15 September 2010

Con report: day 1

The first session I attended was in the academic stream -- a talk by Gillian Polack on Writers and their history: how writers use and view the historical aspects of their settings. Polack is a historian, and I've attended her sessions at other cons, and they're always well informed and interesting, so I knew I had to see this one.

Polack talked about why fantasy and historical writers draw on the Middle Ages, and then the different ways that fantasy and historical writers approach and use history. Of course the fantasy writers felt more free to take liberties than the historical writers, but even the fantasists said they would move the time period of their novels if the historical credibility of their stories would be challenged. It's interesting because to me the setting comes first -- I have to imagine the world and how the people fit into it, so I'm not sure I could just move time periods, which is not to say that any of these writers have ever actually done that. They were responding to questions in an interview situation. Perhaps if you imagine the time period first, really imagine it, and come up with a world that is internally logical and cohesive, you won't have this problem. (And maybe this is my way of thinking because my novel isn't set in the past but in the future, in a medieval-type society, which is to say a pre-industrialised society, but so I am free to move away from historical accuracy as long as I don't stretch the reader's disbelief. So I have still had to go and do research, and I'm resigned to the fact that I can never do enough -- if I did I'd be forever researching and never writing.)

I was so caught up in all of this that I was wishing I had sat in on Polack's interviews so I could hear the whole story and ask questions myself. But the other major point that Polack made was that all the writers agreed that modern perspectives had to be taken into account -- that in the end readers need a good story, and that's more important than anything else.

This point was reinforced by Alice Davies who presented the second half of this session: The stories we tell ourselves: myth and history in Neil Gaiman's The Sandman: Thermidox. The fascinating thing I took out of this paper was the point that historians use pattern recognition when deciding which facts to include and which to exclude, which sources to listen to and which to ignore. Now, that's an interesting idea -- and I wondered if I could extrapolate this to work with the few of my students who struggle with the idea of which details to put in and which to omit in their own writing. Pattern recognition -- I suppose that if you go and read the classics, the books that you really admire for whatever reason (page turners, well written etc) and study them, read them as a writer, then you are employing exactly that. I do tell my students to do that, but I've never called it pattern recognition before . . . I think it's worth a try -- sometimes it's that slight change in phrasing that can be the difference between someone getting an idea or not.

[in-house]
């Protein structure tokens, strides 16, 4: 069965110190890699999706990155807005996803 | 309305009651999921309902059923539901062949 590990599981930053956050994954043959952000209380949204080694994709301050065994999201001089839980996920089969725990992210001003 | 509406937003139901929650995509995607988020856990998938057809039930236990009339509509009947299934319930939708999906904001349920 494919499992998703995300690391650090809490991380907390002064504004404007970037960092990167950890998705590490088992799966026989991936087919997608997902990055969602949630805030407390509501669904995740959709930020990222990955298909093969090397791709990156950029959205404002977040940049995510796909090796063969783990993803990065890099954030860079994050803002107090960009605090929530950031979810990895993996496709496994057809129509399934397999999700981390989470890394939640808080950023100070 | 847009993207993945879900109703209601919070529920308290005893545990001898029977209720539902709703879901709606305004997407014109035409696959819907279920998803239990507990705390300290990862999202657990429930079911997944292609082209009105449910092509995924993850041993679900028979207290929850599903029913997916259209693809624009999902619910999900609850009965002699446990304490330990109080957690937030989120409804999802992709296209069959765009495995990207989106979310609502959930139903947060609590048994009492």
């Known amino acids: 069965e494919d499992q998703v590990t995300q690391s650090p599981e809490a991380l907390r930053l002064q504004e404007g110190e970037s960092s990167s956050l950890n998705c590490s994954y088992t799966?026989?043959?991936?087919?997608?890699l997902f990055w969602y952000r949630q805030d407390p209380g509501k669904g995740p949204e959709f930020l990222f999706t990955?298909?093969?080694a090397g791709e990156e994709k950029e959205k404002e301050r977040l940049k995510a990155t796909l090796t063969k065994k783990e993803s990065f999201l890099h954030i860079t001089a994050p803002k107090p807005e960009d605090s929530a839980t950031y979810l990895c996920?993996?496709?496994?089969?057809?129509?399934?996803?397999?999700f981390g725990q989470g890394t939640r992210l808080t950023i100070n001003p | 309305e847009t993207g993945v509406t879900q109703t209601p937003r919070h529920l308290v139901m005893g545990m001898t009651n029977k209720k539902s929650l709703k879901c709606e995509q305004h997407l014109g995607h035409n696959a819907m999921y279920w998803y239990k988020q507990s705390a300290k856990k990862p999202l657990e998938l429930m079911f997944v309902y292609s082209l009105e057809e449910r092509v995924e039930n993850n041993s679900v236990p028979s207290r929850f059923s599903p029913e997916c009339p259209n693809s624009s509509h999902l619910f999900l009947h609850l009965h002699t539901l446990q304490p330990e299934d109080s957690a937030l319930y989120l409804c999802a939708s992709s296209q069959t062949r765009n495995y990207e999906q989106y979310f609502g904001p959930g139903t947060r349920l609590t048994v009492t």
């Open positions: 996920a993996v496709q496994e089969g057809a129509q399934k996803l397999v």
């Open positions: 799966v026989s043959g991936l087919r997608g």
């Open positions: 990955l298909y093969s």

The second session I went to was called "Steal the past, build the future: new histories for fantasy", with Kate Elliott, Amanda Pillar, Catherynne Valente and Jonathan Walker. The most interesting aspect of this session for me was thinking about how we view past cultures -- that we view them through modern-day filters, interpreting how people behaved, using our modern-day sensibilities. Is there any way around this? Is there any need? After all, our readers have these same sensibilities and, as someone pointed out, we mightn't understand the behaviour of past people at all. (Makes me think of Annie Proulx's short story "People in Hell just want a drink of water", which has one of the most arresting beginnings of all times. It's set in the early twentieth century and the actions of the woman in the story would stretch credibility today, but her motivations are clear and understandable. Yes, it's not quite the same point, but makes me think of it anyway!) The bottom line, again, is that the needs of the story are paramount.

The panelists talked about the telling detail -- something I often discuss with my students -- but the fascinating thing was hearing Valente's story about 1816, the year without a summer, what the telling detail was for her, and how another friend wrote about the same time period but omitted the one thing that Valente thought was crucial to the time period. Writers -- we're all different!

Walker said the telling detail must have imaginative as well as conceptual power, that it must attract us to it, which was something I hadn't thought of before.

Pillar, who was an archaeologist, spoke about how Ramases perpetuated the myth of what had been a giant stalemate as a victory, and she raised the question of how he could have done this when all of his army knew it wasn't a victory. Really makes you think about the differences between then and now -- in the days of CNN that could never happen. Or could it?

I was then going to a session on creating zoological lifeforms, but the previous session was so interesting we needed to go and discuss it, so that was the end of panelling for day one. (The con only ran for half a day.) Already, I was fired up, ready to go home and write, which is the great thing that happens when you attend these sessions. And why I'd really really recommend attending cons to anyone who's working in the spec fic area. And they're a great way of meeting new people and networking too!

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